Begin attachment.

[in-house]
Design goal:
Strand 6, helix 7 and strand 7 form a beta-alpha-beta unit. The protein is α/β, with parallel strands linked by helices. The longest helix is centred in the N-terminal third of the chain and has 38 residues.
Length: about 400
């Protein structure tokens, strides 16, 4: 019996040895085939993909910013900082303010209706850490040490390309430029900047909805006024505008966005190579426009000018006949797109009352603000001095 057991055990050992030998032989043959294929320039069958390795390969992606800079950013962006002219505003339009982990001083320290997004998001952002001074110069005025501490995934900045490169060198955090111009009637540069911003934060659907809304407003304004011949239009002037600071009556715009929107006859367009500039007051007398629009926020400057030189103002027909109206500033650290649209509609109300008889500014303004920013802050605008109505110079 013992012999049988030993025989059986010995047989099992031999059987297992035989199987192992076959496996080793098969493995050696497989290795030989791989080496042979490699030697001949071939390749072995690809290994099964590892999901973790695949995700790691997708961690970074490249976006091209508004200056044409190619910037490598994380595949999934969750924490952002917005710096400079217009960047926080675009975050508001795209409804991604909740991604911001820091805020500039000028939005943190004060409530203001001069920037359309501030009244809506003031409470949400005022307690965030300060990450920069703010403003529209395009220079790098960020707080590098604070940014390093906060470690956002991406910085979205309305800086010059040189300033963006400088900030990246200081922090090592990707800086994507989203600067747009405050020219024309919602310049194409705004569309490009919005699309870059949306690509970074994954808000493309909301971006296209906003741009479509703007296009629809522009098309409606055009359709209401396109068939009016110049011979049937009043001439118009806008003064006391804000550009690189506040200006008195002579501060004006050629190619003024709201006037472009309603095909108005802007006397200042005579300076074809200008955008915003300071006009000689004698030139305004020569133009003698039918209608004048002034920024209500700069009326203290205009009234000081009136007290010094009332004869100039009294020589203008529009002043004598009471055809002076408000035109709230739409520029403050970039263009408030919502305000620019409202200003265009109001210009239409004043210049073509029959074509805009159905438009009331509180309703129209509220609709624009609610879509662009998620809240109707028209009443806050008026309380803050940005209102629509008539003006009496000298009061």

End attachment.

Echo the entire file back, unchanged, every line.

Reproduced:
[in-house]
Design goal:
Strand 6, helix 7 and strand 7 form a beta-alpha-beta unit. The protein is α/β, with parallel strands linked by helices. The longest helix is centred in the N-terminal third of the chain and has 38 residues.
Length: about 400
């Protein structure tokens, strides 16, 4: 019996040895085939993909910013900082303010209706850490040490390309430029900047909805006024505008966005190579426009000018006949797109009352603000001095 057991055990050992030998032989043959294929320039069958390795390969992606800079950013962006002219505003339009982990001083320290997004998001952002001074110069005025501490995934900045490169060198955090111009009637540069911003934060659907809304407003304004011949239009002037600071009556715009929107006859367009500039007051007398629009926020400057030189103002027909109206500033650290649209509609109300008889500014303004920013802050605008109505110079 013992012999049988030993025989059986010995047989099992031999059987297992035989199987192992076959496996080793098969493995050696497989290795030989791989080496042979490699030697001949071939390749072995690809290994099964590892999901973790695949995700790691997708961690970074490249976006091209508004200056044409190619910037490598994380595949999934969750924490952002917005710096400079217009960047926080675009975050508001795209409804991604909740991604911001820091805020500039000028939005943190004060409530203001001069920037359309501030009244809506003031409470949400005022307690965030300060990450920069703010403003529209395009220079790098960020707080590098604070940014390093906060470690956002991406910085979205309305800086010059040189300033963006400088900030990246200081922090090592990707800086994507989203600067747009405050020219024309919602310049194409705004569309490009919005699309870059949306690509970074994954808000493309909301971006296209906003741009479509703007296009629809522009098309409606055009359709209401396109068939009016110049011979049937009043001439118009806008003064006391804000550009690189506040200006008195002579501060004006050629190619003024709201006037472009309603095909108005802007006397200042005579300076074809200008955008915003300071006009000689004698030139305004020569133009003698039918209608004048002034920024209500700069009326203290205009009234000081009136007290010094009332004869100039009294020589203008529009002043004598009471055809002076408000035109709230739409520029403050970039263009408030919502305000620019409202200003265009109001210009239409004043210049073509029959074509805009159905438009009331509180309703129209509220609709624009609610879509662009998620809240109707028209009443806050008026309380803050940005209102629509008539003006009496000298009061």